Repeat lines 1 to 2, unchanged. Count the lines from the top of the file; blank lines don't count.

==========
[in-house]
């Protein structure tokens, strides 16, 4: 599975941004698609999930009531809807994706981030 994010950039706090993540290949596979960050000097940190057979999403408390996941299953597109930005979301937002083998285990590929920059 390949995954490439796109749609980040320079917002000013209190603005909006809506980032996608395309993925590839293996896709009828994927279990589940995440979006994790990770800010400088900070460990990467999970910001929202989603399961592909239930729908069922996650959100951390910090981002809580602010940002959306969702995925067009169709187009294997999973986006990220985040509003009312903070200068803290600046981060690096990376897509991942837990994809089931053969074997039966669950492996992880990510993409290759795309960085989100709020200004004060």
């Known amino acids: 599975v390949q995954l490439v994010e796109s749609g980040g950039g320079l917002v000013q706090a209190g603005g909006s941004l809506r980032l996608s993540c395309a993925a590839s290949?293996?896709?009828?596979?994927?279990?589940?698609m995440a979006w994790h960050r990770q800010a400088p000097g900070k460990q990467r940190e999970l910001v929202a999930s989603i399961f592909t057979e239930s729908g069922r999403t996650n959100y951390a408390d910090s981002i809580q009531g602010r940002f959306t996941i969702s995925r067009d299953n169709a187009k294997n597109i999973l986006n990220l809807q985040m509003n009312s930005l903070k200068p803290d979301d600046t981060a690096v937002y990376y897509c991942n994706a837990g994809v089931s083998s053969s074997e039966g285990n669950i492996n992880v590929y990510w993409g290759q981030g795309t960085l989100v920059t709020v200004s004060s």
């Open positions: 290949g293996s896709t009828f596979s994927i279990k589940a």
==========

[in-house]
């Protein structure tokens, strides 16, 4: 599975941004698609999930009531809807994706981030 994010950039706090993540290949596979960050000097940190057979999403408390996941299953597109930005979301937002083998285990590929920059 390949995954490439796109749609980040320079917002000013209190603005909006809506980032996608395309993925590839293996896709009828994927279990589940995440979006994790990770800010400088900070460990990467999970910001929202989603399961592909239930729908069922996650959100951390910090981002809580602010940002959306969702995925067009169709187009294997999973986006990220985040509003009312903070200068803290600046981060690096990376897509991942837990994809089931053969074997039966669950492996992880990510993409290759795309960085989100709020200004004060």